“The Brothers Karamazov” Book VII


Welcome back to the summer readalong of Dostoevsky’s The Brothers Karamazov. This week we read the pleasantly short Book VII, about our hero Alyosha.

Ch 1: The odor of corruption. Alas, Zosimas sh1t smells like anyone else’s when it leaves his body after death. Many are saddened that his body did not decay in a miracle manner. But many are gleeful, schadenfreud-ishly exulting in his crude humanity. This includes the Obdorsk monk and the crazy Father Ferapont.

One of those modern glimmers that spooks me a little: a monk confessed once to Zosima that he was seeing unclean spirits. Z advised prayer and fasting but when that did not help, he advised “a certain medicine.” (335) which sounds awfully modern to me.

Alyosha leaves the monsastery.

Ch 2: An Opportune Moment. The narrator goes on about Alyosha and how he is troubled, but has not lost faith. The intrusion of the narrator is interesting, and bears further reflection for me. Rakitin finds A face down on the ground, tempts him with a sausage (”sausage”? coded language?) then takes him to Grushenka’s.

Ch3: An Onion. Alas, for an editor, here! Is Grushenka’s benefactor/savior/old man alive or dead? Hard to tell from this chapter. A few footnotes would’ve helped, or a more clear translation, or something, because his name is revealed as Samsonov on 343, then on 344 he’s called a great businessman (now long deceased). P 345 talks about his wwill, and when he had one foot in the grave and was amused by FP’s infatuation with her, but then not so amused by Dmitri’s, and advised her to avoid the latter and string along the former and get in HIS will, and then Samsonov died five months after giving this advice.

But then he’s alive and perhaps well on 344 (gah!) because Grushenka has lied to Dmitri that she’s spending the night doing business (”business”?) with Kuzma Kuzmich, who is Samsonov. WHAT? The author/translators could have made it more clear that, in what I think I grasp, that K Samsonov is alive when Alyosha goes to see her, but will not be for long, and will be long deceased by the time the narrator is telling the story. Poorly done, author/translstors/editor, poorly done.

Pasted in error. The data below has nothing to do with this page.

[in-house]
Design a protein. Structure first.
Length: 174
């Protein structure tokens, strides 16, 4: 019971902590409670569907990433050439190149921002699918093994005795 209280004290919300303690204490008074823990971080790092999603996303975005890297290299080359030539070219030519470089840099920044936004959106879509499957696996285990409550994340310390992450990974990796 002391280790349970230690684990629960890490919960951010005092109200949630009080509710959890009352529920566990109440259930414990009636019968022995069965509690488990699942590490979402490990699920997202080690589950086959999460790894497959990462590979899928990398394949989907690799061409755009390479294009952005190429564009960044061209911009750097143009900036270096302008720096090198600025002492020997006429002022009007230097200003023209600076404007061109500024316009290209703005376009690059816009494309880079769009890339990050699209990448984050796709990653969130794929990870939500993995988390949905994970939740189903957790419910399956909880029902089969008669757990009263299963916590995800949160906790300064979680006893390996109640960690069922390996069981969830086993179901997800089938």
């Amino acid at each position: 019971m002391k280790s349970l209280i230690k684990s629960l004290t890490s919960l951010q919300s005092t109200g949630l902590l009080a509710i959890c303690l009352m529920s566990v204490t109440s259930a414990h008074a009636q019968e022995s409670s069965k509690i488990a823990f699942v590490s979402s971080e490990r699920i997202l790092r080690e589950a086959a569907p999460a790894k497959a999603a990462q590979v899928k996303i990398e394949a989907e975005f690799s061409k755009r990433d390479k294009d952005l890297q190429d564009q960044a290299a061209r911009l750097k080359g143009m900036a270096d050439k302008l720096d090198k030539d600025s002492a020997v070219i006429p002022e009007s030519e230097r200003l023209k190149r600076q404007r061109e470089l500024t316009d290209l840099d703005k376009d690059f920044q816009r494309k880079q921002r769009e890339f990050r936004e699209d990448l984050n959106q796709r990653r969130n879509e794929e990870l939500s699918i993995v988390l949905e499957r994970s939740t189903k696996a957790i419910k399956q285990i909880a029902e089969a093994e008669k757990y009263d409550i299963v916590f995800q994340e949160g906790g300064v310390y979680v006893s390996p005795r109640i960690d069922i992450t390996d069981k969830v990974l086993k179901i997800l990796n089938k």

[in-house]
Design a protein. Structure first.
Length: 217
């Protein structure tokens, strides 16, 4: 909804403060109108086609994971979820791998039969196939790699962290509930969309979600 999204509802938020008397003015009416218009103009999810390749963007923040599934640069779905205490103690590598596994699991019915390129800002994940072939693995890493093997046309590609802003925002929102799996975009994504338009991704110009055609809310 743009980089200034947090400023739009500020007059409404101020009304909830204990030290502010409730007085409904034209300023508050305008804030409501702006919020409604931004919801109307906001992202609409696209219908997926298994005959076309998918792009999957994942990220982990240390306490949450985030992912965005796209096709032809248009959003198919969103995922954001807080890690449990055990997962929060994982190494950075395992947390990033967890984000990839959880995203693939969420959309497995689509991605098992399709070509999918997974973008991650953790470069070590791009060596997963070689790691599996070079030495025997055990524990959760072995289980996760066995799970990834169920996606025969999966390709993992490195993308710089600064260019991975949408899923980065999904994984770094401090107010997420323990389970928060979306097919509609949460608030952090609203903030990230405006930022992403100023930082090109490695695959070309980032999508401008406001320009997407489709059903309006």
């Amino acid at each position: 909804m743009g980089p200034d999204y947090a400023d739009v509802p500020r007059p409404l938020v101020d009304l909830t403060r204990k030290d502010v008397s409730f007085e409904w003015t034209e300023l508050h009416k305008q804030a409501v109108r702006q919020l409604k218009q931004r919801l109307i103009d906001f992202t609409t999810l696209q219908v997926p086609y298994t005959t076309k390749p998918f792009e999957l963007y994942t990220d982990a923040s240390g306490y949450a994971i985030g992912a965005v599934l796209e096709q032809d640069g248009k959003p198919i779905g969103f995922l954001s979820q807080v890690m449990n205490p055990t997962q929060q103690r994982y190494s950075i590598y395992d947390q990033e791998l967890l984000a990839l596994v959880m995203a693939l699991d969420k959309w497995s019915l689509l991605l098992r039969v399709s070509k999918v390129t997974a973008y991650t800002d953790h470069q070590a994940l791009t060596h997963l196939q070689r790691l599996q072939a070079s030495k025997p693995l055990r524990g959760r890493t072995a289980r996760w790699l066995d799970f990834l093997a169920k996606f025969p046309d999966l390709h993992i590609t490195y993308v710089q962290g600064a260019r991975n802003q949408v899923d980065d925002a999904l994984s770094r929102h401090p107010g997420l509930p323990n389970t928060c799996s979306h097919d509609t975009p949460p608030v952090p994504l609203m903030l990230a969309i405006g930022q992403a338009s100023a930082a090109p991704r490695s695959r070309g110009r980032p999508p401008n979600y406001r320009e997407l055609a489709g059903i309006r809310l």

At Grushenka’s, it comes out that G begged R to bring A many times before, as they both, for different reason, want G to seduce him. (So Rakitin’s a pimp. But a monk. Not a good guy.) A is not aroused when G sits on his lap, and she jumps off when she learns his elder is dead and he’s grieving. He sees this as an act of kindness from her, like the giving of an onion in a fable. She is leaving to be with the soldier who disgraced her years ago, and tells A to pass on to Dmitri that she loved him for an hour, and to never forget her. A real prize, no?

He returns to the monastery and the place with Zosima’s corpse and has a dream/vision that merges Zosima talking to him with the tale of Jesus’ first miracle, the turning of water to wine at the wedding of Cana. (Note that this first miracle was an occasion of joy, a wedding, not one of sorrow, like curing or revivifying someone.) He falls to the ground outside in rapture, in contrast to when Rakitin found him in Chapter 1 of this Book, and three days later leaves the monastery.

Once again, the narrator has teased but withheld the terrible event. We’re nearly halfway through the book. Maybe in Book 8, next week?

[Book 8, annoyingly, begins prior to the events of Book 7, and has to do with Grushenka and her old man Kuzma Samsonov, who is not yet dead. I was annoyed by the confusion of the order of events. This is a very muddled middle, IMO.]

What did everyone else think? Were you as annoyed as I was by the dead/not dead and out of sequence transitions between 7 and the next book, 8?

2 Responses to ““The Brothers Karamazov” Book VII”

  1. Amy Says:

    I admit to some very juvenile chuckles about the elder’s stinkiness. But yes, the muddled transition between 7 and 8 is frustrating.

  2. Ritalee Says:

    I liked the story of the onion a lot, and this was from a previous section, but I loved Zosima’s defense of monastic life and read it aloud to my sweetheart. In general I find the scenes in the monastery so much more straightforward and rich than any scenes in town, with confusion over money and love. I guess those are the challenges of secular living.